The Lens: A look back at Baader-Meinhof
This article first appeared in the St. Louis Beacon, Sept. 17, 2009 - The Red Army Faction, popularly known as the Baader-Meinhof Group (or "Complex"), was an underground Marxist group whose actions - which escalated from bank robberies to assassination and kidnapping - shook West German society to its roots for nearly 10 years, until its central leaders died, reportedly in a group suicide, in prison cells in the fall of 1977.
In the late '70s when the New German Cinema was first coming to the attention of the rest of the world, the actions of the RAF and the official reaction to them were often a significant influence upon filmmakers, much of it ambivalent toward the politics of the group and more outraged by the repressive government reaction and the inflammatory right-wing press.
In Volker Schlondorff's 1976 film "The Lost Honor of Katherina Blum" (based on Heinrich Boll's great novel), a young woman is harassed by the press after a brief encounter with a radical bank robber. Reinhard Hauff's "Knife in the Head" related the troubles of a scientist (Bruno Ganz, in one of his finest performances) accidentally shot during a police raid. And in Fassbinder's satirical "The Third Generation," possibly the most astute analysis of the political climate of the time,a terrorist groups that has lost its sense of direction is easily co-opted by the industrialists it despises, becoming kidnappers-for-hire.
Uli Edel's recent film "The Baader-Meinhof Complex," is a polished, detailed look at the group and the times that produced them. It's also a curiously uneven work, mildly romanticizing its principals at times yet clearly branding them as terrorists, giving voice to their increasingly strident political views yet showing no clear sympathy for either them or their opponents. It's an unmistakably gripping experience, but one that leaves you wondering exactly what Edel wants to say about the group, their politics and the effect they had on their nation.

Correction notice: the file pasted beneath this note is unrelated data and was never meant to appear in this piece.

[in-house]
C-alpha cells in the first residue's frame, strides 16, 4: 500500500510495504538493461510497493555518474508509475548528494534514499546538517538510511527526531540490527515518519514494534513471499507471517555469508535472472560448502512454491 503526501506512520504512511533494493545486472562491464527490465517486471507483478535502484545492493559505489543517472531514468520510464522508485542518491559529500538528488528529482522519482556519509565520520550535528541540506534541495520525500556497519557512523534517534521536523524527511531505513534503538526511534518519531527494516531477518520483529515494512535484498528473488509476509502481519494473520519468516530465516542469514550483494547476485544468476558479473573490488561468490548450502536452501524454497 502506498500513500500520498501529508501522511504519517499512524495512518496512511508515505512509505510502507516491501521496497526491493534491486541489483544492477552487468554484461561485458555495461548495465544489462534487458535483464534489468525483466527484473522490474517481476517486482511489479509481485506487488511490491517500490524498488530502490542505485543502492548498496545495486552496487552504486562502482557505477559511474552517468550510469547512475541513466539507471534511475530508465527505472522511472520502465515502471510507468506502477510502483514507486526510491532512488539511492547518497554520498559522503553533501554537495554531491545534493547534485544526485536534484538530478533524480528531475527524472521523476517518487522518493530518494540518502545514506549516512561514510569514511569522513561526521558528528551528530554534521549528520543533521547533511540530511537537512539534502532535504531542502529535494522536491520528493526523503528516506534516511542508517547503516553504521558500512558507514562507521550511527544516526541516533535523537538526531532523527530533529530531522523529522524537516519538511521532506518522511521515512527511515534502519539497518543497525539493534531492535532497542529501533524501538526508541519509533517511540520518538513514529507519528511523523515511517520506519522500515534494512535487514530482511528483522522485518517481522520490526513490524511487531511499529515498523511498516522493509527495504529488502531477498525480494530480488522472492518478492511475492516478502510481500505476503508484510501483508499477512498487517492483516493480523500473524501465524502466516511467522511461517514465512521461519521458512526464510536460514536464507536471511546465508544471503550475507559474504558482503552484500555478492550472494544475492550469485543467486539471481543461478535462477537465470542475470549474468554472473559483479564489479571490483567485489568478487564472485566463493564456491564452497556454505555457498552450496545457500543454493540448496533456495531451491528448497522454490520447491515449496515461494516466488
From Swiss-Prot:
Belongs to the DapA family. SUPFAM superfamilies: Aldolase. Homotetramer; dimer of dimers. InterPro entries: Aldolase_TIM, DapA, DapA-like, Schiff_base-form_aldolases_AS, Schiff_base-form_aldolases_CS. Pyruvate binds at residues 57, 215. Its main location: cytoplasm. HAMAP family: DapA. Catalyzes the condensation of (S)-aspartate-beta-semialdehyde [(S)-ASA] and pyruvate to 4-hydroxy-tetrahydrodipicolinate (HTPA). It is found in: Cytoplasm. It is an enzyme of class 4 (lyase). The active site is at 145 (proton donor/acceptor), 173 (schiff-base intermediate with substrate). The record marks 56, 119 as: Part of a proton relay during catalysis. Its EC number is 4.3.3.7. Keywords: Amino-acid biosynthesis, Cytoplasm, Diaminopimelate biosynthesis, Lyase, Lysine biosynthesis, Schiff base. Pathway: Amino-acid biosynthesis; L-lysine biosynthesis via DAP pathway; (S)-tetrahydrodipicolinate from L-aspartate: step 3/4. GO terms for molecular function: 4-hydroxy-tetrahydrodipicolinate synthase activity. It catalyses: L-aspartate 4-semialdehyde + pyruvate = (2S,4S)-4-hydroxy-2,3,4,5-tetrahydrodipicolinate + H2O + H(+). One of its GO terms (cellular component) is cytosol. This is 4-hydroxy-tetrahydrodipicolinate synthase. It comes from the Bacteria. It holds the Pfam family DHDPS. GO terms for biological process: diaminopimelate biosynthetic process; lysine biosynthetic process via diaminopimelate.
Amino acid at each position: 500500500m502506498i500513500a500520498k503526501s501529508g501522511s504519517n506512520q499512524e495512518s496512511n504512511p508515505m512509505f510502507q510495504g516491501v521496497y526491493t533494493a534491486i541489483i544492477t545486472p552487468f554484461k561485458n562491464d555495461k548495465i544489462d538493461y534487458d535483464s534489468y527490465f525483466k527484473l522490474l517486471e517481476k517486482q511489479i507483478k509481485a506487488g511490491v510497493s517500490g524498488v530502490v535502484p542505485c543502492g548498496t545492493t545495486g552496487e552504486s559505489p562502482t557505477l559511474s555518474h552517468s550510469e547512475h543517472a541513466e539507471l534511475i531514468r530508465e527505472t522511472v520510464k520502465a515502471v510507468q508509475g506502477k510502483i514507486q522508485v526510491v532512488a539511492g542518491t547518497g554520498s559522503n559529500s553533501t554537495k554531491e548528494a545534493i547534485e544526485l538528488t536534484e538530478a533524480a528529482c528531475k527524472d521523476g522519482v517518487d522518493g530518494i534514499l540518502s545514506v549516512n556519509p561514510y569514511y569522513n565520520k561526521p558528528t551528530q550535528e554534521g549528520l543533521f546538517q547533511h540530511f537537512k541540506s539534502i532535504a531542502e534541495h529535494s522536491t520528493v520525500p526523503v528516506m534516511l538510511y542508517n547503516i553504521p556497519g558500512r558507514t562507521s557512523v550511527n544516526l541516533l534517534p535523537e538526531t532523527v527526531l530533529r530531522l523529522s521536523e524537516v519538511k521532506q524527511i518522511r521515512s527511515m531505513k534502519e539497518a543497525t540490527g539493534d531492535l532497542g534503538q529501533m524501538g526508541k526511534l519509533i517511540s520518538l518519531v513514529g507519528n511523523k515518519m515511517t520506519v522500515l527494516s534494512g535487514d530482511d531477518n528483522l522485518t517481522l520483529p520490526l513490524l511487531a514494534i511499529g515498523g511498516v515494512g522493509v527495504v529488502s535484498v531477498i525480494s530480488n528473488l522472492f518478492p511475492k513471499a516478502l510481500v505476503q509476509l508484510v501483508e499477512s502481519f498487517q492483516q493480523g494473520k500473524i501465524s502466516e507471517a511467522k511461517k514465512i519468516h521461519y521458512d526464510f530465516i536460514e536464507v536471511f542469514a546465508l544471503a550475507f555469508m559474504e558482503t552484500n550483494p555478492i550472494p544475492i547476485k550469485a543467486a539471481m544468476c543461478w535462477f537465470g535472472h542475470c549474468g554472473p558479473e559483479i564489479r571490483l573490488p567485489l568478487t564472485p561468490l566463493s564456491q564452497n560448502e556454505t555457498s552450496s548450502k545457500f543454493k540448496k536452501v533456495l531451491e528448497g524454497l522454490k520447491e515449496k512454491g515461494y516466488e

Compared to the films of the late '70s, which showed how the atmosphere of violence and paranoia was corrupting everyday life, Edel's film is part nostalgia, part action film and part psychological drama. The ideological arguments and historical moments are tossed in, often without a great deal of context, and often overshadowed by the well-paced action centerpieces. At times, it's like "Bonnie and Clyde," only with more shouting. At others, they're like an emotionless gang of criminals from any Hollywood fireball-and-explosions epic. In both cases, we're left with little insight but a great deal of violence for its own sake.
To Edel's credit, the film is fairly good at recreating the political arguments of the time and gives a slightly cliche-ridden but convincing account of how some of the RAF members were drawn in and swallowed up by the movement as their legitimate indignation at world events (the Vietnam War, the shah's regime in Iran) gave way to the appealing fantasy of taking action against such things. But once the group has been established, their motivations become cloudy; Edel treats their activism as a kind of deep-seated neurosis, a hysteria that overcomes them and quickly removes much of their humanity.
What, then, is Edel saying by giving the story of the RAF a glossy cinematic finish, more than 30 years after it essentially ended? Although there are a few subtle attempts to link the RAF to terrorism in its current, post-Cold War form, and some of the key members of the group are decidedly unsympathetic figures, the film provides no clear ideological answer, no strong justification - or even sympathy - for either the terrorists or the German establishment that captured and ultimately defeated them. There's something a little calculating about Edel's objectivity, something a bit too dry and cautious. "The Baader-Meinhof Complex" provides a reasonably thorough set of details regarding the RAF and its 10-year spree, but falls short of offering any real comprehension of them.
The Lens is the blog of Cinema St. Louis, hosted by the Beacon.